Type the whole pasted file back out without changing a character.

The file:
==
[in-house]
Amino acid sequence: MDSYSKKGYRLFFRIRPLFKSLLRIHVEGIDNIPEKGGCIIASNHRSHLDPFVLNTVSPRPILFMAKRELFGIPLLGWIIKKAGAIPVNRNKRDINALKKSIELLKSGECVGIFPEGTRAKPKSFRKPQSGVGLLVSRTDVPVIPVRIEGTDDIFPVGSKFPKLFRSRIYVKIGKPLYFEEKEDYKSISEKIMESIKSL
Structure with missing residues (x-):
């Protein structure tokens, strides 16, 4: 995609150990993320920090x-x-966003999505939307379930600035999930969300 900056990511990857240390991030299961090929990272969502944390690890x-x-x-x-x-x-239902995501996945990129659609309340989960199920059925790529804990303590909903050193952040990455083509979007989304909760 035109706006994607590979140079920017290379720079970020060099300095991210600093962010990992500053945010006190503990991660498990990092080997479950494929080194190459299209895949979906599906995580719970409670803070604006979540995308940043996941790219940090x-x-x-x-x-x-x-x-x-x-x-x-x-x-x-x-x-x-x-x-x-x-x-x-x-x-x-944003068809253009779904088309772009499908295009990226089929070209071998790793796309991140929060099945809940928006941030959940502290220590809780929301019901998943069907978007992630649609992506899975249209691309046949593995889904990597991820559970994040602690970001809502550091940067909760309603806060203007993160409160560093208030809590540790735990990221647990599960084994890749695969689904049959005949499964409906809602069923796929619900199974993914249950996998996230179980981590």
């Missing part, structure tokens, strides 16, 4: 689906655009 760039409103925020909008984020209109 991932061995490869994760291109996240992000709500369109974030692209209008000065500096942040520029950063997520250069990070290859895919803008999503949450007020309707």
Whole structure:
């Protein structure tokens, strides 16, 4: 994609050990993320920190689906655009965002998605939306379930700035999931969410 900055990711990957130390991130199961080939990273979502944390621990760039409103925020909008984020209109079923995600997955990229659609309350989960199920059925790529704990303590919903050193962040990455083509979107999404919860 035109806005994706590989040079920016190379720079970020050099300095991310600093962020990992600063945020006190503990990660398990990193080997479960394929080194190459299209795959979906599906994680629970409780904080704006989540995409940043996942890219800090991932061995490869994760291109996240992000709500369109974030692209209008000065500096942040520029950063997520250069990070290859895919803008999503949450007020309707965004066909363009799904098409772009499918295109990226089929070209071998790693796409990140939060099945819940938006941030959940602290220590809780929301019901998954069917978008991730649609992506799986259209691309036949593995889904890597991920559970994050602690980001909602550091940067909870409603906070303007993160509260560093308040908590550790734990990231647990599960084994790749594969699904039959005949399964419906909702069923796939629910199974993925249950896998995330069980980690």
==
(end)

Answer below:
[in-house]
Amino acid sequence: MDSYSKKGYRLFFRIRPLFKSLLRIHVEGIDNIPEKGGCIIASNHRSHLDPFVLNTVSPRPILFMAKRELFGIPLLGWIIKKAGAIPVNRNKRDINALKKSIELLKSGECVGIFPEGTRAKPKSFRKPQSGVGLLVSRTDVPVIPVRIEGTDDIFPVGSKFPKLFRSRIYVKIGKPLYFEEKEDYKSISEKIMESIKSL
Structure with missing residues (x-):
């Protein structure tokens, strides 16, 4: 995609150990993320920090x-x-966003999505939307379930600035999930969300 900056990511990857240390991030299961090929990272969502944390690890x-x-x-x-x-x-239902995501996945990129659609309340989960199920059925790529804990303590909903050193952040990455083509979007989304909760 035109706006994607590979140079920017290379720079970020060099300095991210600093962010990992500053945010006190503990991660498990990092080997479950494929080194190459299209895949979906599906995580719970409670803070604006979540995308940043996941790219940090x-x-x-x-x-x-x-x-x-x-x-x-x-x-x-x-x-x-x-x-x-x-x-x-x-x-x-944003068809253009779904088309772009499908295009990226089929070209071998790793796309991140929060099945809940928006941030959940502290220590809780929301019901998943069907978007992630649609992506899975249209691309046949593995889904990597991820559970994040602690970001809502550091940067909760309603806060203007993160409160560093208030809590540790735990990221647990599960084994890749695969689904049959005949499964409906809602069923796929619900199974993914249950996998996230179980981590």
């Missing part, structure tokens, strides 16, 4: 689906655009 760039409103925020909008984020209109 991932061995490869994760291109996240992000709500369109974030692209209008000065500096942040520029950063997520250069990070290859895919803008999503949450007020309707």
Whole structure:
């Protein structure tokens, strides 16, 4: 994609050990993320920190689906655009965002998605939306379930700035999931969410 900055990711990957130390991130199961080939990273979502944390621990760039409103925020909008984020209109079923995600997955990229659609309350989960199920059925790529704990303590919903050193962040990455083509979107999404919860 035109806005994706590989040079920016190379720079970020050099300095991310600093962020990992600063945020006190503990990660398990990193080997479960394929080194190459299209795959979906599906994680629970409780904080704006989540995409940043996942890219800090991932061995490869994760291109996240992000709500369109974030692209209008000065500096942040520029950063997520250069990070290859895919803008999503949450007020309707965004066909363009799904098409772009499918295109990226089929070209071998790693796409990140939060099945819940938006941030959940602290220590809780929301019901998954069917978008991730649609992506799986259209691309036949593995889904890597991920559970994050602690980001909602550091940067909870409603906070303007993160509260560093308040908590550790734990990231647990599960084994790749594969699904039959005949399964419906909702069923796939629910199974993925249950896998995330069980980690």